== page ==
Handbook of X-Ray Data
With 113 Figures and 161 Tables
Ass.-Prof. Dr. rer. nat. habil. Günter Zschornack
Technische Universität Dresden Institut für Angewandte Physik Mommsenstraße 13 01062 Dresden firstname.lastname@example.org
Library of Congress Control Number: 2006937001 ISBN 978-3-540-28618-9 Springer BerlinHeidelberg New York This work is subject to copyright. All rights are reserved, whether the whole or part of the material is concerned, speciﬁcally the rights of translation, reprinting, reuse of illustrations, recitation, broadcasting, reproduction on microﬁlm or in any other way, and storage in data banks. Duplication of this publication or parts thereof is permitted only under the provisions ofthe German Copyright Law of September 9, 1965, in its current version, and permission for use must always be obtained from Springer. Violations are liable for prosecution under the German Copyright Law. Springer is a part of Springer Science+Business Media springer.com © Springer-Verlag Berlin Heidelberg 2007 The use of general descriptive names, registered names, trademarks, etc. in thispublication does not imply, even in the absence of a speciﬁc statement, that such names are exempt from the relevant protective laws and regulations and therefore free for general use. Typesetting: PTP-Berlin GmbH, Berlin Production: LE-TEX Jelonek, Schmidt & Vöckler GbR, Leipzig Cover: WMXDesign, Heidelberg Printed on acid-free paper 57/3100/YL - 5 4 3 2 1 0
Today, with energy-dispersiveand wavelengthdispersive techniques, modern methods in X-ray analysis are used in a wide range of applications, as for example in X-ray ﬂuorescence analysis, electron microbeam analysis,X-ray ﬂuorescence analysis with charged particles, and so on. In many applications – for instance in metallurgy, mining, microelectronics, medicine, biology, environmental protection, chemistry, archeology, X-rayastronomy, and so on – fast and effective information about the probes under investigation can be obtained by simultaneous multielement analysis. Therefore, it is of outstanding importance for every analyst to have a carefully edited collection of basic atomic data. This is also true in the age of the communication society, where a large quantity of data is available via the Internet. Practicalexperience shows that it is still important to have data sets in the form of printed matter. This is even more important, because much of the data available in the Internet are given without correct citation of data sources and without any evaluation. Accurate sets of atomic data are necessary for the calibration of energy- and wavelength-dispersive Xray spectrometers and serve as basic data forapplications in atomic physics, nuclear physics and astrophysics, as well as data for diagnostics and modelling of different plasmas, as for instance in fusion research and ion source physics. The present book characterizes, in a compact and informative form, the most important processes and facts connected with the emission of X-rays. Beginning with the description of the atomic shell structure,classification of atomic electron transitions is given, and important details about these processes are discussed. Subsequently, an overview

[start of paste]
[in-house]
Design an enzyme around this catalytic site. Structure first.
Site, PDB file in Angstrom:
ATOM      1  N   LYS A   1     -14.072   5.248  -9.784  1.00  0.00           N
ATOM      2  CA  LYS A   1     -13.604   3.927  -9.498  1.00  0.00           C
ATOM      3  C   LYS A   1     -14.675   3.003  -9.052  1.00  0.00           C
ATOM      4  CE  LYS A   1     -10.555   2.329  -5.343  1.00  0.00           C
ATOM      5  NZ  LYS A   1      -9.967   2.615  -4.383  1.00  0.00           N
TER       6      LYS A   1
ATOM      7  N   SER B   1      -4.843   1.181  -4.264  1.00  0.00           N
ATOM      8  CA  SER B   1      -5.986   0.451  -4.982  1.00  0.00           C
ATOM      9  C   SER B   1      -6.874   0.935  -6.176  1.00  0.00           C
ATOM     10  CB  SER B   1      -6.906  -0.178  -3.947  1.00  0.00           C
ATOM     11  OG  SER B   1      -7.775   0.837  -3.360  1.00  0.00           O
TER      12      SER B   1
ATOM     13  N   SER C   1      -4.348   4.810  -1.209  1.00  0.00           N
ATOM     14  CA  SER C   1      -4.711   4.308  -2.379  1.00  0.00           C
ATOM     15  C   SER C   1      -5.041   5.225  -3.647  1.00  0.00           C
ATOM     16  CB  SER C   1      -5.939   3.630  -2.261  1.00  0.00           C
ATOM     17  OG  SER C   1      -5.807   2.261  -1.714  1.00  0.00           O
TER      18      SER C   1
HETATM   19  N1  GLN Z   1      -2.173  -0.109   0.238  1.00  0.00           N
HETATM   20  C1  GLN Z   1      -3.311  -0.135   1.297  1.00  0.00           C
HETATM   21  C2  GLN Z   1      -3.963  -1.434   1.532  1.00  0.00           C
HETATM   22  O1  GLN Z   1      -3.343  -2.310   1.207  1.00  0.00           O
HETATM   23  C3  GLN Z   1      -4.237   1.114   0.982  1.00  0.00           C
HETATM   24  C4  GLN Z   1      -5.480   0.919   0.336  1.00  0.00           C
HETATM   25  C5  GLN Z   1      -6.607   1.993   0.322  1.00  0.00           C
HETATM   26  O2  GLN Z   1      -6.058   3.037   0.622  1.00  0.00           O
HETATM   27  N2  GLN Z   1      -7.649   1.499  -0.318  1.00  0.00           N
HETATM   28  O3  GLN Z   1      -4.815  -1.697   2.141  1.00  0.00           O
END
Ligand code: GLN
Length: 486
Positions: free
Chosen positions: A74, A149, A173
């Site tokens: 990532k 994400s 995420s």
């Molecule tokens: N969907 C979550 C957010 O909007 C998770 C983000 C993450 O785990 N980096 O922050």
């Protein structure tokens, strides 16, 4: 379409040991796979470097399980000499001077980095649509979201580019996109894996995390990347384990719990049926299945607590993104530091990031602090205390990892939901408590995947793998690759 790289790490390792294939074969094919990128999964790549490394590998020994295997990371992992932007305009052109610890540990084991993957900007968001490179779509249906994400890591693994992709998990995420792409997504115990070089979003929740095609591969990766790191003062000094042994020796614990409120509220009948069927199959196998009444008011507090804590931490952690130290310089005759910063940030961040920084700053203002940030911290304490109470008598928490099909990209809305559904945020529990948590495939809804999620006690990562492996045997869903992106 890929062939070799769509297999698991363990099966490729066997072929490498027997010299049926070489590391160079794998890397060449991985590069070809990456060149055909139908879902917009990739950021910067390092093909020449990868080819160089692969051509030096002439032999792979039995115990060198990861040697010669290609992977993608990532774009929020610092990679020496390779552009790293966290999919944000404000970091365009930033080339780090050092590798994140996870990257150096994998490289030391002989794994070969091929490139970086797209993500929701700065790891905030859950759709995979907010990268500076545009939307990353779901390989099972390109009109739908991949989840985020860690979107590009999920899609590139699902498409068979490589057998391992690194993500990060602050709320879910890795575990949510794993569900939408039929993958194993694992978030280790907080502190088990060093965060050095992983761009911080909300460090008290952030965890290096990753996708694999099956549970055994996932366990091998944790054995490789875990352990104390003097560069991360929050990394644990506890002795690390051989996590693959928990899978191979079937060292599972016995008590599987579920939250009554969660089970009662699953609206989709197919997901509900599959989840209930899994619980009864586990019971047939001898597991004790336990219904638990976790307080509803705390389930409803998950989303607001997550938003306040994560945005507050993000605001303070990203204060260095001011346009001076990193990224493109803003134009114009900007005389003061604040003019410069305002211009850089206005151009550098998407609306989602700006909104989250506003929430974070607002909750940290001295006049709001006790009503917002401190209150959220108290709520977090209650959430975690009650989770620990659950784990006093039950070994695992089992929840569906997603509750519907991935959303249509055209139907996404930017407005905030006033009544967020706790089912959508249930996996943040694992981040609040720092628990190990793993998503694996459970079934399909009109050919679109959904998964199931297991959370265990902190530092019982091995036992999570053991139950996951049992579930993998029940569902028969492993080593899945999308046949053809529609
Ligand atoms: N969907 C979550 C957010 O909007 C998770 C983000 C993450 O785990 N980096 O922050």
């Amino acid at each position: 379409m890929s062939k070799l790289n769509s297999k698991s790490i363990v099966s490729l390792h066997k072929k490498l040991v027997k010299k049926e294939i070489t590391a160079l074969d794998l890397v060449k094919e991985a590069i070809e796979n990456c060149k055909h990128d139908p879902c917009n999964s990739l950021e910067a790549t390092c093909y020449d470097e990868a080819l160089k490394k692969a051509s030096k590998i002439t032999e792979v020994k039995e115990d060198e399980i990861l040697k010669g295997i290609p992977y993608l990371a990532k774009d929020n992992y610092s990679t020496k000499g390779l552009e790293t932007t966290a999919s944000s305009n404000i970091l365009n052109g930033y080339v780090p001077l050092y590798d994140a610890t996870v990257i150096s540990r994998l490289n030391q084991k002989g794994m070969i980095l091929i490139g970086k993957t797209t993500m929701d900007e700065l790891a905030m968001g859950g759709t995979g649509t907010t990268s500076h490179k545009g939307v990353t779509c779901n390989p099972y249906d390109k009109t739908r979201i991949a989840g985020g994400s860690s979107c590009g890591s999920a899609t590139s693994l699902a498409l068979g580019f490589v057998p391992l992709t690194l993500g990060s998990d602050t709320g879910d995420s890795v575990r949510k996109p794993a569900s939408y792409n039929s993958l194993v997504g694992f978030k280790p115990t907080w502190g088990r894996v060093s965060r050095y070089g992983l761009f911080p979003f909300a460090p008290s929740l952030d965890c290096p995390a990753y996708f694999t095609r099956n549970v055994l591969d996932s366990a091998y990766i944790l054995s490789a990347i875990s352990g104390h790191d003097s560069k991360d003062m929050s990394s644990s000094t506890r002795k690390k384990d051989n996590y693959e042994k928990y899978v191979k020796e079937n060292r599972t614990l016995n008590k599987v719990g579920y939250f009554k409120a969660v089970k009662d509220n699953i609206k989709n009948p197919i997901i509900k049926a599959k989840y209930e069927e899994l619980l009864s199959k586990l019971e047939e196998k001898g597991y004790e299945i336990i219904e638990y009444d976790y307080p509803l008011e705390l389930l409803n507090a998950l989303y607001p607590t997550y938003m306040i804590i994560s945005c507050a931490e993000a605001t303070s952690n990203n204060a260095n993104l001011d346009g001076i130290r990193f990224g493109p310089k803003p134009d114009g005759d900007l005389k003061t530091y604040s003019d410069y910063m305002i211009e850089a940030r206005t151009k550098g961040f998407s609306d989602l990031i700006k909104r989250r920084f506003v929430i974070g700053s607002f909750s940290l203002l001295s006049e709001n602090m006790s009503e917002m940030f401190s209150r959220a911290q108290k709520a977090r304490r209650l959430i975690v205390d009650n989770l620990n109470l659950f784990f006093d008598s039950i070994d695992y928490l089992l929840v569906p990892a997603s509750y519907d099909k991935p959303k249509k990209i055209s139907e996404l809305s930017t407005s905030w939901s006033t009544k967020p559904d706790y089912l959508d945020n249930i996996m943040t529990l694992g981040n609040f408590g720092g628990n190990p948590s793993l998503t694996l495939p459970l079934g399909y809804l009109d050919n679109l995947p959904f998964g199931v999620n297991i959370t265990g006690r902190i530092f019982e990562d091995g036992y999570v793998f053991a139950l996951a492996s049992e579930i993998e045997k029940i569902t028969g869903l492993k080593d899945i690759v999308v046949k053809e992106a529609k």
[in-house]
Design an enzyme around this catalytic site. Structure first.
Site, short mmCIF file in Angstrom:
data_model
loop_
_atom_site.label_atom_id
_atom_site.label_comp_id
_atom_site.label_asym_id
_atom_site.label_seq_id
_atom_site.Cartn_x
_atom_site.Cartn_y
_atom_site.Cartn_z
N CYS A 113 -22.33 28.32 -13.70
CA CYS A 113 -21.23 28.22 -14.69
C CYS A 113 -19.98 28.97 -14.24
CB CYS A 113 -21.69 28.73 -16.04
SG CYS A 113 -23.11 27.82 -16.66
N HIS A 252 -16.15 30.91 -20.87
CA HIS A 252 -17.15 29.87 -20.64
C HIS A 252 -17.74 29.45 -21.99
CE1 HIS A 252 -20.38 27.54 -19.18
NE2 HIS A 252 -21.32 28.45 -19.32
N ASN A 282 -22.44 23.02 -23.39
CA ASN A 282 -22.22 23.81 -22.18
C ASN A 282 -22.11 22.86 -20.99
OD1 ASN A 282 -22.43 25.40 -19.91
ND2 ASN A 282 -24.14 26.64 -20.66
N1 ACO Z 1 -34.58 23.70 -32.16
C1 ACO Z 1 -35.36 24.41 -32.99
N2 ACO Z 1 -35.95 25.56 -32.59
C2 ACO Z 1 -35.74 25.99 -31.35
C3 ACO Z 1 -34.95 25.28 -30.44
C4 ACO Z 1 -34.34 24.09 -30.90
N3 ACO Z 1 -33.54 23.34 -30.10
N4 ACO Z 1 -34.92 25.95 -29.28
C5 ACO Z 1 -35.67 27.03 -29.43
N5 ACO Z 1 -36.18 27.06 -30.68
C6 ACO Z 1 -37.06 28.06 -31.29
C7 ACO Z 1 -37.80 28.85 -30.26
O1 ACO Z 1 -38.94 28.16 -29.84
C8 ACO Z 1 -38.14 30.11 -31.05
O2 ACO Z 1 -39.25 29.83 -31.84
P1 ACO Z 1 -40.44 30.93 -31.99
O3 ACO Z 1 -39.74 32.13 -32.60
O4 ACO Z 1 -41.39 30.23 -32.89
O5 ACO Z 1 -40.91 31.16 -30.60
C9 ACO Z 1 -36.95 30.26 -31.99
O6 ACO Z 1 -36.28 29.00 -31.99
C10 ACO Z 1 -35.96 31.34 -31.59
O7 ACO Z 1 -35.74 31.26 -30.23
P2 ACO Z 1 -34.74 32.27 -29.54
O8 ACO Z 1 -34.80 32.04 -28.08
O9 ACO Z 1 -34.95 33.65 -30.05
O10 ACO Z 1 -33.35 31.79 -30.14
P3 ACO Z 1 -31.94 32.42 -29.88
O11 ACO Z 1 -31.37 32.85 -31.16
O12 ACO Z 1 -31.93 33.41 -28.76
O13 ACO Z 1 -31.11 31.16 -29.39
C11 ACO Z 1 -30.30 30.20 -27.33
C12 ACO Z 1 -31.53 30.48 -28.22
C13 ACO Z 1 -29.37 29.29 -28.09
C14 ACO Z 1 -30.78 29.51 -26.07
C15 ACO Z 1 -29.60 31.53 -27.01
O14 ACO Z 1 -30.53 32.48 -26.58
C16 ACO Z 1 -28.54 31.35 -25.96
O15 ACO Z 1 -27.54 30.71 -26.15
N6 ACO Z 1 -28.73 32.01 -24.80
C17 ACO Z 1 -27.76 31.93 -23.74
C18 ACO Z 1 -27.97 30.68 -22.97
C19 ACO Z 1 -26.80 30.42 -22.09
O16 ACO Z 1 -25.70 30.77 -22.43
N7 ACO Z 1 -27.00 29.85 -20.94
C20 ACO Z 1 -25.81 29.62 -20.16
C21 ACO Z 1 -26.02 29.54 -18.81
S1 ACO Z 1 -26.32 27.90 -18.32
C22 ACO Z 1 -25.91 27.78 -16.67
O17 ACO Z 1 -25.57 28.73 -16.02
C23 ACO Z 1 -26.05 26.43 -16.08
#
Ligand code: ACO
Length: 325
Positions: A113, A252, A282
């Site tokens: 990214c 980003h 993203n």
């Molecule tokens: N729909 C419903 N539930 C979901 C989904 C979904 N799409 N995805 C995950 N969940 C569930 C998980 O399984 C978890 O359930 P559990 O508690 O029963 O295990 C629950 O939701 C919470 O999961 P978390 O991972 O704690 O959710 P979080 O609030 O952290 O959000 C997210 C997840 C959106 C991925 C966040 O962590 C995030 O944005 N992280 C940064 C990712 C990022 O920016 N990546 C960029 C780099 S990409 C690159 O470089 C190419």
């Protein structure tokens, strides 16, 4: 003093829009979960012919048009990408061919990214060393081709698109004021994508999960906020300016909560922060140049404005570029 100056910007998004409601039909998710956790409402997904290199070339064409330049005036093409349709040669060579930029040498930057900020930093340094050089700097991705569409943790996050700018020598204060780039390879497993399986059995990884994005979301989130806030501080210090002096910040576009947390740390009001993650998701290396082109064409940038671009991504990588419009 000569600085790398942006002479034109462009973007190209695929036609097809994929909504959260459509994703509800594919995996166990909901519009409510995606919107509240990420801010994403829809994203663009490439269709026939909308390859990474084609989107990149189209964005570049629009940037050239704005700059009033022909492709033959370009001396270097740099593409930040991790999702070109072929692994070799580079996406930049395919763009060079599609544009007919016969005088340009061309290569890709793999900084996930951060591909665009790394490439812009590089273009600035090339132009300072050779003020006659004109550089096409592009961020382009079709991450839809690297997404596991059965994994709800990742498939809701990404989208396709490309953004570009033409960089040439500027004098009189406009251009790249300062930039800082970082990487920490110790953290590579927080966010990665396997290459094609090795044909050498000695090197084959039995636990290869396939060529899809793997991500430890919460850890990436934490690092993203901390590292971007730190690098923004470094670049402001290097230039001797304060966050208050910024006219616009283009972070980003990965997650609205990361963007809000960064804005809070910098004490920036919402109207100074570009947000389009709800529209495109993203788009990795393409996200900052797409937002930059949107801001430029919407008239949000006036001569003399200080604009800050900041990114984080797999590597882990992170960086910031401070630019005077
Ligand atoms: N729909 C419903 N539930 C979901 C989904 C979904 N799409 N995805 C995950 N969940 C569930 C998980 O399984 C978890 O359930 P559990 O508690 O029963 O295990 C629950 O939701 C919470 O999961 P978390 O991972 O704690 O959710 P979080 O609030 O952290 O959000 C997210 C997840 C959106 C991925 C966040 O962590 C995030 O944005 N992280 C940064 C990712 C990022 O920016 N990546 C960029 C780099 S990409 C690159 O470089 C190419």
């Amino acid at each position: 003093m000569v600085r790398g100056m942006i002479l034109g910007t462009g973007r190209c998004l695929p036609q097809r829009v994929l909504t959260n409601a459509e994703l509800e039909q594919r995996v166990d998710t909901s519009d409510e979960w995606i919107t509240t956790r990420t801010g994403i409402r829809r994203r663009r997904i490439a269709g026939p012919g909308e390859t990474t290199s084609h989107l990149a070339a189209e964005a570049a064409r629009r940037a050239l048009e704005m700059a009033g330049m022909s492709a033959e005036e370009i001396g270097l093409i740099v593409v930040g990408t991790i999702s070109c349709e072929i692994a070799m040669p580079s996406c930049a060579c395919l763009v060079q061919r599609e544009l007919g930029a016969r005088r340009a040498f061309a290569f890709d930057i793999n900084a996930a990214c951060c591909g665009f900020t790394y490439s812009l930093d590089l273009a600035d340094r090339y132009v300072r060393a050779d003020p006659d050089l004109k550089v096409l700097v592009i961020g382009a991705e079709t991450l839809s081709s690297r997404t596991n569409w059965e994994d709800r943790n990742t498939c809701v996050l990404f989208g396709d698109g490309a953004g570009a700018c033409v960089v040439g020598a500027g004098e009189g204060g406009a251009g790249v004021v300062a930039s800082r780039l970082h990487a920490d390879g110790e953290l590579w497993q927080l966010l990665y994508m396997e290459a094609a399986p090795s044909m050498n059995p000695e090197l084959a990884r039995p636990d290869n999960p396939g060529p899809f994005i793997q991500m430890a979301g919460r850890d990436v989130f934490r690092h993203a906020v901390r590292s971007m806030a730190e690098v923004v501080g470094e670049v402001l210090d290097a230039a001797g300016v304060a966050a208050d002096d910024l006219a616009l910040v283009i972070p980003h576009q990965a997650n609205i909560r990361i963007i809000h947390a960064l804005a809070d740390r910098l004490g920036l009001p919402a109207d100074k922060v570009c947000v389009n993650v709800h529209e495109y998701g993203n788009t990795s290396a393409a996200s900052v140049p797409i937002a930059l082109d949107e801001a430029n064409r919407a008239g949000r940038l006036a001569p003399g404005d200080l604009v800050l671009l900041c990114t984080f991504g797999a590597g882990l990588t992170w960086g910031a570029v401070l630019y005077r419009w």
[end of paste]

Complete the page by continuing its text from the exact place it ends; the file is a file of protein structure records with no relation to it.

of the basic processes of the interaction of X-rays with matter and of the most common detection systems for the detection of X-rays are summarized. Individual sets of experimental atomic data, known from the literature, are compared between themselves and withtheoretical results. In this way it becomes possible to reach conclusions about the consistency of the data sets to be used. In describing the procedures for energy and intensity calibration of energy- and wavelength-dispersive X-ray spectrometers, guidance in the application of atomic data for the calibration of the detection systems to be used and for transition line identification is given....